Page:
8 September 2007: Another dinner entree featuring game is aptly named the Wild-Wild-Wild-West Sampler Platter. This entree features grilled quail with prickly pear jalapeno glaze, seared elk medallion with blackcurrant sauce and a cup of chunky venison, buffalo, wild boar and scarlet runner bean chili served with sweet corn tamale and fresh vegetables. Every item on this entree is stellar in its own right, but together they put to shame just about every combination meat platter you can think of.  The seared elk with blackcurrant sauce edges out the grilled quail with prickly pear jalapeno glaze as the best of the lot, but not by much. Both are absolutely delicious, prepared to absolute perfection.

Cream of corn and smooth black bean soup

Cream of corn and smooth black bean soup

24 August 2008: If you’re of a carnivorous bent but don’t necessarily desire an entree with multiple meats, the purist in you might prefer The Engineer’s Porterhouse Steak. This is a one-pound Sterling Silver center-cut Porterhouse you can cut with a dinner knife. That’s how tender it is. It is served with a spicy (perhaps chipotle infused) steak sauce that is actually worth using on this slab of meat.  Prepared to your exacting specifications (medium is my recommendation), it is juicy and delicious on both the larger short loin side and the more tender and flavorful tenderloin side. Some restaurants call this cut of meat the T-Bone, but by any name, it is often a challenge to prepare correctly because of the uneven temperature distribution in preparation. The Turquoise Room obviously has mastered the art of preparing this delicious cut.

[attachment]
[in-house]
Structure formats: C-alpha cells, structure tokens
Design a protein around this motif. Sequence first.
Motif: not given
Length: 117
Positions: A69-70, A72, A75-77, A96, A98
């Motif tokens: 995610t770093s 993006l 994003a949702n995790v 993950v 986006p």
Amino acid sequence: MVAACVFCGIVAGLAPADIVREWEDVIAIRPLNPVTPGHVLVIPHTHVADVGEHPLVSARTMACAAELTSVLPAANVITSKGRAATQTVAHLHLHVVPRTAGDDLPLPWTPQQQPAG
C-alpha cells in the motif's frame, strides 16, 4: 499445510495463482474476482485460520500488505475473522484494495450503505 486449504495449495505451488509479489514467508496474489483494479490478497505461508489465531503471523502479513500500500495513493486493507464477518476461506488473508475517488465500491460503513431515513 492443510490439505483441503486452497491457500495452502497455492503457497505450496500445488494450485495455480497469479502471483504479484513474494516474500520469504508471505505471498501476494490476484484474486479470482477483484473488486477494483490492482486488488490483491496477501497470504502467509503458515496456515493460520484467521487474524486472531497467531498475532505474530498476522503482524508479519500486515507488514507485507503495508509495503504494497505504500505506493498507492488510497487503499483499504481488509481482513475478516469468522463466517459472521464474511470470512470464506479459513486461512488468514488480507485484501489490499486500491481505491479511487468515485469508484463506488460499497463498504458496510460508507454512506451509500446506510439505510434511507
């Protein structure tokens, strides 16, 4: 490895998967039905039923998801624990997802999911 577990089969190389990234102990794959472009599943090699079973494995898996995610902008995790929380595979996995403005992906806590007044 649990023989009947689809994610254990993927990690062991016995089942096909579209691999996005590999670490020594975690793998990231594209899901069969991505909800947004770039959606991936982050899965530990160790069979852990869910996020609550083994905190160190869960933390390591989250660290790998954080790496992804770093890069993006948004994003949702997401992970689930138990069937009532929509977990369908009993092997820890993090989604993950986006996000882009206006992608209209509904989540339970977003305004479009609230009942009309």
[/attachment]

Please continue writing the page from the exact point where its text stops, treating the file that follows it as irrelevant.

24 August 2008: Another fine meat option is the Premium Angus Prime Rib Roast Au Jus served with horseradish cream, a medley of fresh vegetables and a choice of baked potato or red caboose mashed potatoes. This cut is available in an eight-ounce or fourteen-ounce cut. Prime rib is not for the faint of heart. For optimum flavor, it’s best served at about medium rare, a degree of “doneness” which may give the appearance of bloodiness that turns off the queasy diner. Preparing prime rib at anything above medium is sacrilege and detracts from this flavorful slab of meat.  Needless to say, the Turquoise Room knows how to prepare prime rib. Cut into it and the succulent juices (albeit a bit red) flow onto your plate. Bite into it and you’re in heaven. A little bit of marbling goes a long way on this cut of beef and that’s what you’ll get–that and a whole lot of flavor. If you’re an aficionado of prime rib, this one will please you.  You might not be as pleased with the baked potatoes which are on the small side and may not be completely heated all the way through. While most of the potato is tender, some is just a bit tough, an indication of inconsistent baking. Still, you add a little butter and a little sour cream and you’ve got a nice dinner accompaniment.

Double Chocolate Grand Marnier Souffle for Two

Double Chocolate Grand Marnier Souffle for Two